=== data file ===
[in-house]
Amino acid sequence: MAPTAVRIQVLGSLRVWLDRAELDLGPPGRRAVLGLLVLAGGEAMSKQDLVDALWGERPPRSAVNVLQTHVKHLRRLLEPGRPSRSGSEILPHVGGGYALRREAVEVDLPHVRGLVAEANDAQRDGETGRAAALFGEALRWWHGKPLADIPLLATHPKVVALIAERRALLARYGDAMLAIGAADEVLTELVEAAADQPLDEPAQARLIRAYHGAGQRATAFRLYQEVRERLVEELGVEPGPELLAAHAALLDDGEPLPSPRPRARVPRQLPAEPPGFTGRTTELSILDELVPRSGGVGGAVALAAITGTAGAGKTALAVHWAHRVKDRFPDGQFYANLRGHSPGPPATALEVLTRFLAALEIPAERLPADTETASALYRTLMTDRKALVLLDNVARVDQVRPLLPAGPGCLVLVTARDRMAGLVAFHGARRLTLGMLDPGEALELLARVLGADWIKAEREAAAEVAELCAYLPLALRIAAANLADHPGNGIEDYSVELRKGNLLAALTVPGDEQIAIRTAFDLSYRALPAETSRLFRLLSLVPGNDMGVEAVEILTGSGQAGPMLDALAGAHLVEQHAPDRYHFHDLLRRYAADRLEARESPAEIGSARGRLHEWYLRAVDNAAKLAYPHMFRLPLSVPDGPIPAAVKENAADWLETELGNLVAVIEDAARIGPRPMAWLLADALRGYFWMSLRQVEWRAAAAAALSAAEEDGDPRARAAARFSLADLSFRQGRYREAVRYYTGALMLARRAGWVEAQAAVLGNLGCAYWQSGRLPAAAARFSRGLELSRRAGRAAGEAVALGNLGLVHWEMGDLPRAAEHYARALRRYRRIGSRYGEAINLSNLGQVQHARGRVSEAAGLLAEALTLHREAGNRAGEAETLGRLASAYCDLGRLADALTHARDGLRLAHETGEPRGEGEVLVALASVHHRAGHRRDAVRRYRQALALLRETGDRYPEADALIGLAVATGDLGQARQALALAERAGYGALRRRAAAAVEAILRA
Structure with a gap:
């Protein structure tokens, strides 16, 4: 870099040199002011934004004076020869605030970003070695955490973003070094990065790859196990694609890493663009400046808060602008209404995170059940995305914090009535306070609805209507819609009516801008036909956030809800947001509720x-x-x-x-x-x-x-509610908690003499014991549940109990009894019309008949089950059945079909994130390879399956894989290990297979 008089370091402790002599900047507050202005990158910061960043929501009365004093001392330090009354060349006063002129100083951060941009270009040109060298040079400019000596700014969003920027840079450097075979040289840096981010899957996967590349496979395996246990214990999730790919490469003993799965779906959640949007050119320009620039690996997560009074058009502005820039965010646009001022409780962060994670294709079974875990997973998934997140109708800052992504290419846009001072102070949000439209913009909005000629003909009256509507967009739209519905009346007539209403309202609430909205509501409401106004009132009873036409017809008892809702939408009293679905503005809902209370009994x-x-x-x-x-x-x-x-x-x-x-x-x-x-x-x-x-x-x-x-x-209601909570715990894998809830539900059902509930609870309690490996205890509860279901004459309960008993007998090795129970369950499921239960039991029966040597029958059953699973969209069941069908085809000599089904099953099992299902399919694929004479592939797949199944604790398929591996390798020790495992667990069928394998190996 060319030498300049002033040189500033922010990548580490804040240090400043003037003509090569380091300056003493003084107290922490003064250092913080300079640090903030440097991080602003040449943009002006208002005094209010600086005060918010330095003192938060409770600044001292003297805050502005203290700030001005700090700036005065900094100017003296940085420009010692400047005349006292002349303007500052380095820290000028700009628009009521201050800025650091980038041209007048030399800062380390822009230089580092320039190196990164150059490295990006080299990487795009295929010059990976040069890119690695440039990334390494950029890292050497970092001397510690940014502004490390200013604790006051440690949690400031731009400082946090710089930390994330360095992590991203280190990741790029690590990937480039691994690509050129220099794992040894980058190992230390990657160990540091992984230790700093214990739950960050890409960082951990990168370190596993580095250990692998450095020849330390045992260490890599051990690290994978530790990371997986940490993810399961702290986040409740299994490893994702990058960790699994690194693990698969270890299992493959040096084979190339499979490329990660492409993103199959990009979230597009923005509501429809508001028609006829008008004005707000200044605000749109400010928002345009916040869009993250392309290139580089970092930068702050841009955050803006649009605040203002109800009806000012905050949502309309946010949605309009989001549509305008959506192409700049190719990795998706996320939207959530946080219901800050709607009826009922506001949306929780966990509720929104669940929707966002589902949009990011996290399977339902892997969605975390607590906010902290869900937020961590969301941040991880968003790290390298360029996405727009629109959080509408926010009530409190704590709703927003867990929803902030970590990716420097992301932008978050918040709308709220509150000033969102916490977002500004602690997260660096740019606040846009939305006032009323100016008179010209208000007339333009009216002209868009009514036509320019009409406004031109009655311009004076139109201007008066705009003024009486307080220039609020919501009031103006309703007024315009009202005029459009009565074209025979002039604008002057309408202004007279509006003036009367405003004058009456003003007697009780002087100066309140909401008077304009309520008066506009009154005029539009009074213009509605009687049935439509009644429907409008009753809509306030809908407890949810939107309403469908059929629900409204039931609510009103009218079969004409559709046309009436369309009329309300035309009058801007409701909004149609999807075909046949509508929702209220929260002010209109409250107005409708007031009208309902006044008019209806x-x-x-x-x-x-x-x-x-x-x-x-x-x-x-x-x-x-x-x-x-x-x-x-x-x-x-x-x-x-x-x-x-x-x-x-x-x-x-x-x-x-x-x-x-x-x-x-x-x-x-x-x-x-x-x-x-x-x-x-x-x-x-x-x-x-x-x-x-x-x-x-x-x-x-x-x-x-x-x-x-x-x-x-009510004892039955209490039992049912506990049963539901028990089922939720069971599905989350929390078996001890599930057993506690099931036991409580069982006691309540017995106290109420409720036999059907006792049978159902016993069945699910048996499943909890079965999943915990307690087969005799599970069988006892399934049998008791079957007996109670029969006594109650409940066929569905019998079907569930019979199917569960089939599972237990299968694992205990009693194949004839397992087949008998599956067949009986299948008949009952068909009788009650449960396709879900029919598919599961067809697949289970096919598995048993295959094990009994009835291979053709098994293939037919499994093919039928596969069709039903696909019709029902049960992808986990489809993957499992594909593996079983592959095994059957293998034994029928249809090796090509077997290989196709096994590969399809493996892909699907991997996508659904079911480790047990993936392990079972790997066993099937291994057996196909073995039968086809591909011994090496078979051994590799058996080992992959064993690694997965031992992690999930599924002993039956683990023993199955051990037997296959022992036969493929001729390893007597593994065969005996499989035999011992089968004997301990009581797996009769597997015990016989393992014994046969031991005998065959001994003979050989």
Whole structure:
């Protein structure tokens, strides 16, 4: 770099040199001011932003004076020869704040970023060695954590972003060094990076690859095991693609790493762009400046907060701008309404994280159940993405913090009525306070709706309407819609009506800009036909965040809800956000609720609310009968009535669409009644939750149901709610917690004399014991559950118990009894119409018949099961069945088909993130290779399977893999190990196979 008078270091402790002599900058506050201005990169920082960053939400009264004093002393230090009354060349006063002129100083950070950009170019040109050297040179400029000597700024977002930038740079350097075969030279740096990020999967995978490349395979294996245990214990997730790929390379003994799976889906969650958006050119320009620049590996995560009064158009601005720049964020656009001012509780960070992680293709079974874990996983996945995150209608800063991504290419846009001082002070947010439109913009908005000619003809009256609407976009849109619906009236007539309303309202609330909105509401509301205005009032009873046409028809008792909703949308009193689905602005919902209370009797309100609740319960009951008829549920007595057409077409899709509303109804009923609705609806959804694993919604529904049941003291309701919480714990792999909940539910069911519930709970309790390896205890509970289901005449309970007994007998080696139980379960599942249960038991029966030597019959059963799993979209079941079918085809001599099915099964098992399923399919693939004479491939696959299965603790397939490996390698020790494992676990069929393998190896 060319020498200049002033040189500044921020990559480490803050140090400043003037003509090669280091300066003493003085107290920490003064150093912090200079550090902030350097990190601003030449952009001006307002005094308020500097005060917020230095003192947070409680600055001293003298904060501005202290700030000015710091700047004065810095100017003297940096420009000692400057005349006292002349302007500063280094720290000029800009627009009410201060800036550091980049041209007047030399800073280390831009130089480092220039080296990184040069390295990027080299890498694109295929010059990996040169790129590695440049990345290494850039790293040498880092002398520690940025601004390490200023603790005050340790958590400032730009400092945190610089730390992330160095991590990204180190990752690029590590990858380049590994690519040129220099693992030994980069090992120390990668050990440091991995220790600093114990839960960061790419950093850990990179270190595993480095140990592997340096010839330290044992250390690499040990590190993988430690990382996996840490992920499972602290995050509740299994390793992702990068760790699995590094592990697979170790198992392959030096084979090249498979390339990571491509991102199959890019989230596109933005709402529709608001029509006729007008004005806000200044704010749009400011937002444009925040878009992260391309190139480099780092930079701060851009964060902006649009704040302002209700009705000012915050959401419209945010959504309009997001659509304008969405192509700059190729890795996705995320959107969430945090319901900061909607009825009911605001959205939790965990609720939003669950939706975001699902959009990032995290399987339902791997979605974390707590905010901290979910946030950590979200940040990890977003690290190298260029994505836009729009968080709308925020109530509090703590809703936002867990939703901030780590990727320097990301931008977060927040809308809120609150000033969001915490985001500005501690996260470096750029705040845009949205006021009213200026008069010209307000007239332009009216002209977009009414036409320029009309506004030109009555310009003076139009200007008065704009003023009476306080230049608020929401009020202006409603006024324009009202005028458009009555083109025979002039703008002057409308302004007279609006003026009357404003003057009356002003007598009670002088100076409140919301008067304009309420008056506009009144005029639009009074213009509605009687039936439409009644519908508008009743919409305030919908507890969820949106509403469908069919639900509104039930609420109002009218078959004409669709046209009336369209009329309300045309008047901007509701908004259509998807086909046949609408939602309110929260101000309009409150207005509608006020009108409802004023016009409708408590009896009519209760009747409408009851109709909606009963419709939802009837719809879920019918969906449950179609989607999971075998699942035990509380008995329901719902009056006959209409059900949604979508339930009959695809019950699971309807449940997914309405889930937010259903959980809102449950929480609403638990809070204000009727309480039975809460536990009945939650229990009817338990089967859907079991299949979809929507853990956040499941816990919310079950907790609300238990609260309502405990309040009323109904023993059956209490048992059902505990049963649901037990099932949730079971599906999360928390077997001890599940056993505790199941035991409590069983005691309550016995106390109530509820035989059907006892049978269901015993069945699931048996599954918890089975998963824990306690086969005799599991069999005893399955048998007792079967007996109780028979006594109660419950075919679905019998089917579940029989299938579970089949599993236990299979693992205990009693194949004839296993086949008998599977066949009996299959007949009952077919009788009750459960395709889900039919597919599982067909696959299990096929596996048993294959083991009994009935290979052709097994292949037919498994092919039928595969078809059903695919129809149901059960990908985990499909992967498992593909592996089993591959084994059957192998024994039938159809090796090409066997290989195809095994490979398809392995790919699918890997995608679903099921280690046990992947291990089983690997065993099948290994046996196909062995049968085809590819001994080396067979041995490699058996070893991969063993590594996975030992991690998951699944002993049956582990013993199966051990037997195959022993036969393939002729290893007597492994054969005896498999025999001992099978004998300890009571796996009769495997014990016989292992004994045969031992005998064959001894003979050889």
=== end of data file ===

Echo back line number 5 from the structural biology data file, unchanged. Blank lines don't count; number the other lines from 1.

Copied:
Whole structure: